Efforts to crack down on scofflaws can be difficult. In Cameroon, where the U.S. electricity company AES owns the national provider, raids on organized thieves are common. Company security officials come prepared to tear down illegal networks and even raid businesses suspected of tapping lines.

Electricity theft can cause a vicious cycle, where providers raise rates because of high losses, which in turn gives customers more incentive to steal more electricity. In Cameroon, for instance, thefts skyrocketed several years ago after a series of rate increases. When rates stabilized, thefts declined.

Intelligence ARPA splits into three branches


You know you love the cool new IARPA logo.

Yesterday I interviewed IARPA's new director, Lisa Porter.

Intelligence and defense are often conflated in the popular imagination, but the two operate quite differently. Where the defense department likes to let you know what they've done for you lately, intelligence tends to keep their successes to themselves. Those cultural differences trickle down to the two organizations' ARPAs.

DARPA, for example, has a much better-organized PR machine. You can bet that I would not have been interviewing DARPA director Tony Tether by cell phone sitting on the ground on a little patch of grass outside the Pentagon. But due to a last minute snafu,* I found myself sitting next to a tool shed outside the NSA compound in which IARPA has a temporary home, fighting off DC's herculean flies and armada of small ants, doing a cell phone interview with Lisa Porter, who was in her office about 500 feet to my left.

I was on the train from New York to Washington, DC, several hours earlier when I got the unexpected news that my interview had to be done by phone. Why? Apparently my credentials hadn't cleared. I had the whole rest of the train ride to mull over why I was not allowed to sit in the same room with Dr. Porter. I'm not a terrorist. I know at least that. I'm not a serial killer-- I think. Though if I had some kind of multiple personality disorder, I couldn't be sure. Have I been making threats on internet forums? I barely have time to blog, much less comment. No, that's not it.

Maybe its not me. Maybe it's her: what if Lisa Porter is one of her own gadgets and she's not quite ready for prime time? Is Lisa Porter a Turing Test?

I never did find the answers to any of these questions. At 3:30 p.m., I sat outside the black iron gates of the compound in a shady spot (where it was 85, and not 87 degrees) and waited for a phone call from 500 feet away. On the upside, I'm now rocking a very becoming tan.

If Lisa Porter is a Turing test, she's a very convincing one. She's very smart and very charming. Porter started her tenure as IARPA's director on February 2, and since then she's been busy. Next week, IARPA plans to announce the three program offices into which Porter has split the agency: Smart Collection, Incisive Analysis, and Safe and Secure Operations.

Porter explained the directives of the three offices.

The Smart Collection Office is intended to improve the value of collected data. "You're often limited in the amount you can collect," Porter explained, "so you want to focus your efforts." The main thrust of this office, se said, is to get predictive about where the information is and what exactly you might be looking for. She likens traditional information collection to the classic problem, the drunk looking for his keys under the light. He didn't lose them there, but that's the only place the light is. "You're solve the problem you know how to solve," she says, "instead of the one you actually need to solve."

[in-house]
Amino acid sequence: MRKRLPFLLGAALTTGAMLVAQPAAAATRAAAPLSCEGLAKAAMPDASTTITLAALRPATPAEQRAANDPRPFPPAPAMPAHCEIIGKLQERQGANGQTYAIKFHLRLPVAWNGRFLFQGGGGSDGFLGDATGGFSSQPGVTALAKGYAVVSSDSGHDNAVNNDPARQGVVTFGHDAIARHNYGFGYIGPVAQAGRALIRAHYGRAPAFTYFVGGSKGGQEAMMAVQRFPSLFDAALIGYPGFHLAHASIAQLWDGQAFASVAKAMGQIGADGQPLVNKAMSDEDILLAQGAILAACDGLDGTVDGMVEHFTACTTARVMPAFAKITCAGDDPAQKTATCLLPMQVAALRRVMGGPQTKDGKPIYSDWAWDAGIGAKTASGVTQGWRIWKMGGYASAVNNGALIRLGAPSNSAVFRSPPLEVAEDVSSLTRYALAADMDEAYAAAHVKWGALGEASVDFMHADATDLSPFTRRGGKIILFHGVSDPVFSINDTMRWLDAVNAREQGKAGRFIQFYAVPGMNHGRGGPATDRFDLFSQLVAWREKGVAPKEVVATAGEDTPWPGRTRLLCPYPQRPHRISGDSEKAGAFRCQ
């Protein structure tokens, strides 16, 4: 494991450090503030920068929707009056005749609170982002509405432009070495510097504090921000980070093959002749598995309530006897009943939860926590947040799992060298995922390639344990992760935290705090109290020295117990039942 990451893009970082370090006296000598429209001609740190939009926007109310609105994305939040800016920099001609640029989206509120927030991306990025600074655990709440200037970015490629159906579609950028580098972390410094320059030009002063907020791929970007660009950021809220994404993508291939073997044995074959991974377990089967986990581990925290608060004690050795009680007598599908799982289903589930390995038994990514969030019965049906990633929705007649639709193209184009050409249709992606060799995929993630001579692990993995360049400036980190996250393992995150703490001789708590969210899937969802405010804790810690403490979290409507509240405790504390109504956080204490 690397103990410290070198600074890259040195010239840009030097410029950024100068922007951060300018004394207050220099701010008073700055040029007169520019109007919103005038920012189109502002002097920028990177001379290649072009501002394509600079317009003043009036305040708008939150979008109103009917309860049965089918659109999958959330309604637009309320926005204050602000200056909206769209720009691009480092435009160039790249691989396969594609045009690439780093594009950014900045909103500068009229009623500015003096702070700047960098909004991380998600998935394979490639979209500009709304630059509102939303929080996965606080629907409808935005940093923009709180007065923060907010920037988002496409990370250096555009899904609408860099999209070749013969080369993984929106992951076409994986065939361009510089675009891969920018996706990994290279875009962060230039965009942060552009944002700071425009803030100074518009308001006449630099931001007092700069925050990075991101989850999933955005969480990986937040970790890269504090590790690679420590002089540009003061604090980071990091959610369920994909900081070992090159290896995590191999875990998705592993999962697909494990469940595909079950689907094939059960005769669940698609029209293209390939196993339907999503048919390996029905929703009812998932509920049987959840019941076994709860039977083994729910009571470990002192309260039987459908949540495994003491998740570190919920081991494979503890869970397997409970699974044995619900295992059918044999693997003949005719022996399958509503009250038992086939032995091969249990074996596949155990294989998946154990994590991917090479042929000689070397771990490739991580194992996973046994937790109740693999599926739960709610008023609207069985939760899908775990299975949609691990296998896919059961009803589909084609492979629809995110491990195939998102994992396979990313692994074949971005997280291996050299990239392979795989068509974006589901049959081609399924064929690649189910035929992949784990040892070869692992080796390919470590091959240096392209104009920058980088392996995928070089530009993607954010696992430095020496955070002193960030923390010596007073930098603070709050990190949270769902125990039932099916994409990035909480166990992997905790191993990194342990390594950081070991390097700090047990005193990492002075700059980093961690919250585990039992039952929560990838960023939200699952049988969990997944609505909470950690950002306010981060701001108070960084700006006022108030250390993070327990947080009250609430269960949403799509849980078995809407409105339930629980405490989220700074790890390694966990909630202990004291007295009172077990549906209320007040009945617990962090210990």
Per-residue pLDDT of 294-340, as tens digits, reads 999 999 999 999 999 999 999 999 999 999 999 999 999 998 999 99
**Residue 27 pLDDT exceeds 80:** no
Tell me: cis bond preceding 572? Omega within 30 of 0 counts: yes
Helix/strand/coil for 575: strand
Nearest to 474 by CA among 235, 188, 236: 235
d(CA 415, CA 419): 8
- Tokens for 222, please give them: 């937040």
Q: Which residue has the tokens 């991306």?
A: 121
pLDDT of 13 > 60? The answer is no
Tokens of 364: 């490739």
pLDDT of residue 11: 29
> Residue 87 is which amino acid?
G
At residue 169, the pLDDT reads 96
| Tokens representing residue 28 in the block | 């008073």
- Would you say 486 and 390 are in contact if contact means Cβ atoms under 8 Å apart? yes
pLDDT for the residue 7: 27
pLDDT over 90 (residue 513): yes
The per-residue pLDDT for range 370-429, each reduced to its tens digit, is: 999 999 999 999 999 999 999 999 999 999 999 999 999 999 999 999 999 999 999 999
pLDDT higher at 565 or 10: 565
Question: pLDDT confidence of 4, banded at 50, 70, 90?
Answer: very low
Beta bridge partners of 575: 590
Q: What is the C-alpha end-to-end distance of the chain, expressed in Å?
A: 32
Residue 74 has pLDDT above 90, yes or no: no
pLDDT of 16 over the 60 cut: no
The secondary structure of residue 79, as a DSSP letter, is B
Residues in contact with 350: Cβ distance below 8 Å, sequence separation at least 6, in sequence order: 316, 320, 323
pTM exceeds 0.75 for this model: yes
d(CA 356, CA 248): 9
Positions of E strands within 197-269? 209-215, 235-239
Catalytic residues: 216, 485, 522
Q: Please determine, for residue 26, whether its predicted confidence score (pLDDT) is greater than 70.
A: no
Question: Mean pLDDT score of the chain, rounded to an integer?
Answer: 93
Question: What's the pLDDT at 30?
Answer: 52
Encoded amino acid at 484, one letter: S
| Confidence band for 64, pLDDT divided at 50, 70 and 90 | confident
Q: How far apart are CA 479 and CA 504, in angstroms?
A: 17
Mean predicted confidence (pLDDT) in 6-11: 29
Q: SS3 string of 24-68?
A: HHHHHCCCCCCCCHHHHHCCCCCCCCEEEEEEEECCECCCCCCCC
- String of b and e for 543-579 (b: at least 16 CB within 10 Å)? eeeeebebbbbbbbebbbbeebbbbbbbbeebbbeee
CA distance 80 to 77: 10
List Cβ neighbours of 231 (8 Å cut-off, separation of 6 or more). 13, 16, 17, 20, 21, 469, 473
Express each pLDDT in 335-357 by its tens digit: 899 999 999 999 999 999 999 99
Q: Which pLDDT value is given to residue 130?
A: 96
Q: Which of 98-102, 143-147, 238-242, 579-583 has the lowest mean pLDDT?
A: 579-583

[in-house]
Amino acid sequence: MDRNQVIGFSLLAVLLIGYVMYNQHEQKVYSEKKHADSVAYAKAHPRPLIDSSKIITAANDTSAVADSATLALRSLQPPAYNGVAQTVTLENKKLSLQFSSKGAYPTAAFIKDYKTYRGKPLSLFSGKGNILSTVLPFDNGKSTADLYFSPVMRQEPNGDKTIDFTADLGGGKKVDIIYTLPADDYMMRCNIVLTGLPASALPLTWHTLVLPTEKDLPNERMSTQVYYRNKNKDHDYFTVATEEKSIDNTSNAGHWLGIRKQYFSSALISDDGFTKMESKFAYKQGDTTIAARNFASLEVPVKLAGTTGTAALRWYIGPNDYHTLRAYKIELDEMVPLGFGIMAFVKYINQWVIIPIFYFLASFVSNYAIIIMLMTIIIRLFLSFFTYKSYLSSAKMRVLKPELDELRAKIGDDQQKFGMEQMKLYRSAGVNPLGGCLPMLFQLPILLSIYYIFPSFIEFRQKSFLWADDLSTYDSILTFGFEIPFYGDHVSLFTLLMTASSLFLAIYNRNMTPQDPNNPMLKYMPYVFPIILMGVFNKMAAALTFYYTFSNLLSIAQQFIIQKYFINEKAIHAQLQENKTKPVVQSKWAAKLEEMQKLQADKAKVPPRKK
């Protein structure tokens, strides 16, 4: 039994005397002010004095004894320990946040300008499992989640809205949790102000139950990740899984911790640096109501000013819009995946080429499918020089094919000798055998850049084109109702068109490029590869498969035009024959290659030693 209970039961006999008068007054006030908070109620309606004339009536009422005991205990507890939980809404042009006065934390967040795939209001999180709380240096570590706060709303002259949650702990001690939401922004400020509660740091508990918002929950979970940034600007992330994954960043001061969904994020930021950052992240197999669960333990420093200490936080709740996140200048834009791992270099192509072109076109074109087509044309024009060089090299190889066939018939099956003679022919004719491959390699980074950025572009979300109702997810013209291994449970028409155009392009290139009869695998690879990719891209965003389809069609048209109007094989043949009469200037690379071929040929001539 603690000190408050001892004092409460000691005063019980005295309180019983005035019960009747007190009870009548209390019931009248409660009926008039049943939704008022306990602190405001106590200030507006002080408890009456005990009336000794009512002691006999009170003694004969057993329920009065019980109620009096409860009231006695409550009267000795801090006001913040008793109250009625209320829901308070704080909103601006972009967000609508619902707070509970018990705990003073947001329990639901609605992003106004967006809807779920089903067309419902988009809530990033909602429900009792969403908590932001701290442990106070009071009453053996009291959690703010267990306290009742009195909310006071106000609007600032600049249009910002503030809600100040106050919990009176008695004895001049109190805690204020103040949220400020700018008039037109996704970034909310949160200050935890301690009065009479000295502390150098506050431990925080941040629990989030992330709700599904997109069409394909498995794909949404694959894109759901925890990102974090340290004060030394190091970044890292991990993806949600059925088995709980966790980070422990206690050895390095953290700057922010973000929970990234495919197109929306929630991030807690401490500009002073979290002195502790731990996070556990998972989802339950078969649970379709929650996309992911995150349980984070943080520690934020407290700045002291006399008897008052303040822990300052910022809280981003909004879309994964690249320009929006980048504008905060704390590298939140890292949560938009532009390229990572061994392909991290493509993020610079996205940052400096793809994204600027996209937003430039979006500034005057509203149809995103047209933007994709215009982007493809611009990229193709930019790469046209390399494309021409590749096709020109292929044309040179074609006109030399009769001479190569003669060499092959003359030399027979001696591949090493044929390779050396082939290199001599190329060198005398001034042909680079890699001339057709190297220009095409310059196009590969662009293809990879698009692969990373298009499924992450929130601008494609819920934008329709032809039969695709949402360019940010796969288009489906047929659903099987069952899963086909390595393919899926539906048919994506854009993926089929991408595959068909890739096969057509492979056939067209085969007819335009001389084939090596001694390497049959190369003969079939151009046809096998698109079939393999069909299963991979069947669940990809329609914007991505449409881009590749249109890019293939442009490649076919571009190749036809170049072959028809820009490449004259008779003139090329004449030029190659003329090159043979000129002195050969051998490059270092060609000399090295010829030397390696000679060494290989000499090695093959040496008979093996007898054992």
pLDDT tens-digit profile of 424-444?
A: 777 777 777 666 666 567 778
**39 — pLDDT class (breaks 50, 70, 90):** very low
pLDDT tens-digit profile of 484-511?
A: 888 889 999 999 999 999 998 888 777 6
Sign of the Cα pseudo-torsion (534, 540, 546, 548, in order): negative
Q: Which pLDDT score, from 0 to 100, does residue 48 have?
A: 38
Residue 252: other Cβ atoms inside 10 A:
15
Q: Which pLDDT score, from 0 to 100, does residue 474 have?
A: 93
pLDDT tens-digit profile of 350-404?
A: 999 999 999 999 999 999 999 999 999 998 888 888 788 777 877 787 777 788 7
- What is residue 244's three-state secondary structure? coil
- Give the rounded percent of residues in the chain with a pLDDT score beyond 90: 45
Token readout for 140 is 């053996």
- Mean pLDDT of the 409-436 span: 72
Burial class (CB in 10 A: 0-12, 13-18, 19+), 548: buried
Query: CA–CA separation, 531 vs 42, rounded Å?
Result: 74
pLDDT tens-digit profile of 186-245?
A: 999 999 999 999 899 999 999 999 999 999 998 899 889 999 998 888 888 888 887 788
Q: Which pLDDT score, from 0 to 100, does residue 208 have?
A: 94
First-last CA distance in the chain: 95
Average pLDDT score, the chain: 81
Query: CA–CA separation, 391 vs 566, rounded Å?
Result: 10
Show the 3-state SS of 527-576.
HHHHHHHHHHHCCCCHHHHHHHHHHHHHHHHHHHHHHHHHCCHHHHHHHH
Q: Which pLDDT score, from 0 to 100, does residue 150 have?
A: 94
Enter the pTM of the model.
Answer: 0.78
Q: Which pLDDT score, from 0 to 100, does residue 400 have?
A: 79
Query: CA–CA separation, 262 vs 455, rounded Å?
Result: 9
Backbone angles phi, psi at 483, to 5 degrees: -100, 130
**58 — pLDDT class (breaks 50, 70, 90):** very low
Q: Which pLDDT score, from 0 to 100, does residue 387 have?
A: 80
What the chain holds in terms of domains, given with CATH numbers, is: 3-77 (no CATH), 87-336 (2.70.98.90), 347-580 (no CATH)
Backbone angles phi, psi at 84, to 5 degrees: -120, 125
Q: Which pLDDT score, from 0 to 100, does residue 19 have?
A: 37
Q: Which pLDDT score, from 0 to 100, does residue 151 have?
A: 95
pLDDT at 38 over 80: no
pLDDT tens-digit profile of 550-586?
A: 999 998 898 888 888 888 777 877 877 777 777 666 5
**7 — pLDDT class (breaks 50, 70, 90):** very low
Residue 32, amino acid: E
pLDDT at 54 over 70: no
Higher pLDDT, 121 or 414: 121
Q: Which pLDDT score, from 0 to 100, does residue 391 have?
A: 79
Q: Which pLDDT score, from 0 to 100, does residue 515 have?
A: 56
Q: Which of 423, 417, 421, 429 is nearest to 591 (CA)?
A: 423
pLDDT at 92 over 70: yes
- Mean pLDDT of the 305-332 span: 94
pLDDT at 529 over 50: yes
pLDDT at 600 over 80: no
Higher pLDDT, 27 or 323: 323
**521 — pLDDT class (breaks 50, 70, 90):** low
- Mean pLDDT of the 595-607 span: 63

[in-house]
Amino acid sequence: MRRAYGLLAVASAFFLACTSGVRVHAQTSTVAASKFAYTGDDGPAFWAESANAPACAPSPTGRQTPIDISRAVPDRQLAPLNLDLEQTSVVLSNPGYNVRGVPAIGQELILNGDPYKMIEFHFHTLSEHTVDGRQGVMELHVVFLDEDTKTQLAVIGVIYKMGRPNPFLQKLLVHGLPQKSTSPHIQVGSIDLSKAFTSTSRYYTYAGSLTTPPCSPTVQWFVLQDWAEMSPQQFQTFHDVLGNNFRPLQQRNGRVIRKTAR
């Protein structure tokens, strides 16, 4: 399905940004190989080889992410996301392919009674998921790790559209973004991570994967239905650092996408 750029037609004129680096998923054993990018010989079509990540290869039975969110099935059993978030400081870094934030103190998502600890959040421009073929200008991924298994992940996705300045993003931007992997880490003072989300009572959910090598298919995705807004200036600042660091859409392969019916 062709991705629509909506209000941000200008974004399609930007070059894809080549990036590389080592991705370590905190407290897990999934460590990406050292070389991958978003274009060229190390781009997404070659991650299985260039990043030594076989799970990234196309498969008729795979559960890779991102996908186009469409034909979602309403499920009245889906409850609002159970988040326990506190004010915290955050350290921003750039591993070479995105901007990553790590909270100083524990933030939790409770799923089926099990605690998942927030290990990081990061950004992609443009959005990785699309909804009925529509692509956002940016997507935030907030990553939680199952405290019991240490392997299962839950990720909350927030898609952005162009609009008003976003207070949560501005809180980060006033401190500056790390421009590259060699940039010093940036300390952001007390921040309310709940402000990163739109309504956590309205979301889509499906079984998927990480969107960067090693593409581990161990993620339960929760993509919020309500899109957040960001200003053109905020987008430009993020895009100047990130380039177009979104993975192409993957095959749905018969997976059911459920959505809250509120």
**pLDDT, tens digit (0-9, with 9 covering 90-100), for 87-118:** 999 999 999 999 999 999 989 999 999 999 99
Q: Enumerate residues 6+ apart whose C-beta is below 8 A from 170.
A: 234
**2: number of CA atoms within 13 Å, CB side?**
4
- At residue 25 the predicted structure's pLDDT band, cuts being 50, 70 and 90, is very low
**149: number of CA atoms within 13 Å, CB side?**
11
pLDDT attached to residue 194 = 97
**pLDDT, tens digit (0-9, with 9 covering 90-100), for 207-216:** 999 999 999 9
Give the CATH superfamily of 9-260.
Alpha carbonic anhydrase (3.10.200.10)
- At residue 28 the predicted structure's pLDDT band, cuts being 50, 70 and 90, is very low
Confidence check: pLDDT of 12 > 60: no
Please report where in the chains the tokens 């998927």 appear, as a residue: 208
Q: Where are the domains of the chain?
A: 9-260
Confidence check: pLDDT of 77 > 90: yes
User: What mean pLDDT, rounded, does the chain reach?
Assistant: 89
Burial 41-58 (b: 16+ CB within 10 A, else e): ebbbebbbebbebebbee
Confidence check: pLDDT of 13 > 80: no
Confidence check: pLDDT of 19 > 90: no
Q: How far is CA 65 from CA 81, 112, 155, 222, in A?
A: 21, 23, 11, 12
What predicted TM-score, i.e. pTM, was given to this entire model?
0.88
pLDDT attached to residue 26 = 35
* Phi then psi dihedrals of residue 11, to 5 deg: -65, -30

The Incisive Analysis Office maximize the insight they get from the information in a timely fashion. They want to boil down that fire hose of data and provide decision makers with necessary information before it's too late. Porter imagines using virtual worlds, for example, "to help analysts get their arms around all this data." This program office also includes a social engineering and linguistics element. "You want to not just understand what's being said," Porter says, "but what the cultural implications are."

The Safe and Secure Operations Office is being set up to counter the capabilities of adversaries. One of the subprograms is cybersecurity; another is quantum information.

This information will be posted at next week (which is also when that site goes live).

Now Porter is looking for program managers, which could be a bit of a challenge. Word is, even DARPA has trouble finding those.

* Update, 4/21: Full disclosure: IARPA PR reminds me that no one forced me to sit outside the compound gates. I was given other options for conducting my cell phone interview, like sitting in a cafe or a nearby park (the PR person noted that "it was a beautiful day"). I decided to sit outside the black gates of the NSA compound anyway to possibly guilt Lisa Porter into coming out to meet me. That did not work.

New Jersey Issues 15-Year Energy Plan, with Nod to Nuclear

Yesterday, April 17, the state of New Jersey issued an energy master plan, notable for the frankness with which it addressâ''s the stateâ''s current and medium-term needs and resources. The plan carries the imprimatur of state governor Jon S. Corzine, notable too, because Corzine is squarely in the political mainstream, very smart, andâ''as a former partner in Goldman Sachsâ''comfortable thinking about macro variables.